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Tunneling for second phase of Singapore’s water recycling project completed

PUB, Singapore’s National Water Agency, has announced that tunneling works for the second phase of the Deep Tunnel Sewerage System (DTSS), which brings the agency a significant step closer to the full completion of a major used water infrastructure that will boost water recycling and enhance Singapore’s long-term water sustainability. 

Phase 2 of the DTSS involves the construction of a 98-km (61-mile) long network of deep tunnels and link sewers, as well as the future Tuas Water Reclamation Plant. These new infrastructure components extend the DTSS network to serve the western half of Singapore, including the downtown area and upcoming developments such as Tengah Town and Jurong Lake District. Spanning multiple tunneling and construction contracts, the DTSS Phase 2 project involved more than 5,000 workers at the peak of its construction works.

Conceived in the 1990s to transform the country’s used water management system, the DTSS is a massive underground project designed to meet Singapore’s long-term needs for used water collection, treatment, reclamation, and discharge. It holds the key to enable PUB to reclaim and recycle water in an endless cycle, thus boosting our capacity to produce NEWater, Singapore’s third National Tap and a weather-resilient source of water. 

Prior to the DTSS, Singapore was divided into six used water catchment zones, each served by a Water Reclamation Plant (WRP) and a total of more than 130 pumping stations across the island. These pumping stations were needed to convey used water to the WRPs for treatment before the treated effluent was discharged to the sea. As Singapore’s population and economy grew rapidly, the Government sought a more cost- and land-efficient solution for used water management.   

Over two phases, the DTSS comprises a 206-km (128-mile) long network of deep tunnels and link sewers that will convey used water entirely via gravity to three centralized water reclamation plants located in Changi, Kranji and Tuas. The conveyance of used water via gravity instead of energy-intensive pumping stations enhances the robustness and reliability of the used water collection system. This also eliminates the risk of pollution in our rainwater catchments. The implementation of the entire DTSS will allow PUB to reduce the overall land footprint of the used water system across Singapore by half, freeing up to 150 hectares of land (nearly twice the size of the sprawling Singapore Botanic Gardens) for higher-value land use.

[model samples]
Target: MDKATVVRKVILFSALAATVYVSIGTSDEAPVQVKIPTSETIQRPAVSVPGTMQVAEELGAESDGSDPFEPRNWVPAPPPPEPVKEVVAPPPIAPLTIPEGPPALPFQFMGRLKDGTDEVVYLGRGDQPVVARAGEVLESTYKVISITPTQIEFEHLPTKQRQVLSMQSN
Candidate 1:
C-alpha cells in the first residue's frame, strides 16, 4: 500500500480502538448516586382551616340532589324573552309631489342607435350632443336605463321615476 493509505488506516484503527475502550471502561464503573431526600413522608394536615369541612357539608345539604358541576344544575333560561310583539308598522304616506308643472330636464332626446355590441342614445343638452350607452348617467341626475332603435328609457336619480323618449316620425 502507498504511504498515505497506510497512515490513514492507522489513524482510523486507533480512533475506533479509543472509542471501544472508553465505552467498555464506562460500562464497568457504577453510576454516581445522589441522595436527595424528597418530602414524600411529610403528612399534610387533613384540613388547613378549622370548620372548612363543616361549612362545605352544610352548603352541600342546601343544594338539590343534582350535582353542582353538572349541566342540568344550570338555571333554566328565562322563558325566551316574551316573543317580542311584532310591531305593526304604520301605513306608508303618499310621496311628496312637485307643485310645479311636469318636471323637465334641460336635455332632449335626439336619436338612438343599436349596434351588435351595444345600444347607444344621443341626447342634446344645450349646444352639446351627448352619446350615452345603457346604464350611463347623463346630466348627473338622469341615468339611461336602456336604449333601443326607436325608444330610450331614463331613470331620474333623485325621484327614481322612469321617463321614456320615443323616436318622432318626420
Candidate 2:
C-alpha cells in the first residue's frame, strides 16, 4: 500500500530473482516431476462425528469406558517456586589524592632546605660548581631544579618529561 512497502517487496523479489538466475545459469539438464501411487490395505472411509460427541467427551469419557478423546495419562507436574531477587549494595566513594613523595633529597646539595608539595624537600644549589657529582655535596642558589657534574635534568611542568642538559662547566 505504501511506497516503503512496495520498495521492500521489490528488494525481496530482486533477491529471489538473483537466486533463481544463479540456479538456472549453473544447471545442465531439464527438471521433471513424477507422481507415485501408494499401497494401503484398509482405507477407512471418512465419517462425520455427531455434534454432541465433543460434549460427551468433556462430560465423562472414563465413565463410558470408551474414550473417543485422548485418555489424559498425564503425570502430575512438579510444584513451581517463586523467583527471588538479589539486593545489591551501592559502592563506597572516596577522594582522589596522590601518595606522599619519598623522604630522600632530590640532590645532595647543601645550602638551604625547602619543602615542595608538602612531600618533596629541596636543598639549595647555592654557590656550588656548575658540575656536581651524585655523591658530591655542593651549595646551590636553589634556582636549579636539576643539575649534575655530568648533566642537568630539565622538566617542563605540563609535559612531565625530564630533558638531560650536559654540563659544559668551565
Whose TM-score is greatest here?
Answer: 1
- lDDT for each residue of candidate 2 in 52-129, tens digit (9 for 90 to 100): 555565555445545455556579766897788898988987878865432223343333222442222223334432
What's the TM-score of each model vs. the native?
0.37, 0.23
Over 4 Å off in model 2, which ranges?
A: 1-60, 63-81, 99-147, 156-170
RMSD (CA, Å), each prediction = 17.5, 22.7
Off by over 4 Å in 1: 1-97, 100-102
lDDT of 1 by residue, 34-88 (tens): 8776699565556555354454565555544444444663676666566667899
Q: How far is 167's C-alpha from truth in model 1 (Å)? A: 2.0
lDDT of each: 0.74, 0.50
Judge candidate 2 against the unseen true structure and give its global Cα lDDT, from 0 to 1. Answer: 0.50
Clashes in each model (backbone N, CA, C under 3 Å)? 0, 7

“As one of the most water-stressed countries in the world, the ability to effectively collect and recycle our used water in a closed water loop has been a game-changer in our quest for water security,” Goh Si Hou, PUB’s Chief Executive said. “The Deep Tunnel Sewerage System is not only an engineering feat, but a key pillar in strengthening Singapore’s water resilience to meet the long-term challenges of climate change and growing water needs. This has been made possible through the bold vision and innovation of our pioneers, and decades of meticulous planning and hard work by our planners, engineers and contractors. We look forward to the upcoming completion of our Water Reclamation and NEWater plants, which will realise the full potential of the DTSS in the years to come.”

Costing around $10 billion and designed to last for 100 years, the DTSS is an example of long-term water infrastructure planning and investment to benefit multiple generations. Due to its scale and complexity, the construction of DTSS had to be carried out in two phases. 

Phase 1 of the DTSS serves the eastern half of Singapore and was completed in 2008. Tunneling work for Phase 2, which commenced in 2019, was a challenging process through highly built-up areas that involved deep expertise and significant amount of preparatory work. The tunneling works had to be carried out by five different contractors, using pioneering construction methods and smart technologies for safe and smooth operations. This served to greatly reduce disruption to above-ground infrastructure and the public.  

The Phase 2 project has also implemented new features to ensure the integrity of the deep tunnels and ease of maintenance. These include the use of concrete resistant to microbiological-influenced corrosion, isolation gates to allow for flow diversion, fibre optic cables for remote monitoring of a tunnel’s structural integrity, and the use of air jumpers to control air flow within the tunnels. 

A key component of DTSS Phase 2 is the future Tuas Water Reclamation Plant, which will be equipped with advanced technology to treat two separate streams of domestic and industrial used water in an energy-efficient manner. When ready in 2026, Tuas WRP will be co-located with NEA’s Integrated Waste Management Facility to form Tuas Nexus, Singapore’s first integrated used water and solid waste treatment facility that will be fully energy self-sufficient. 

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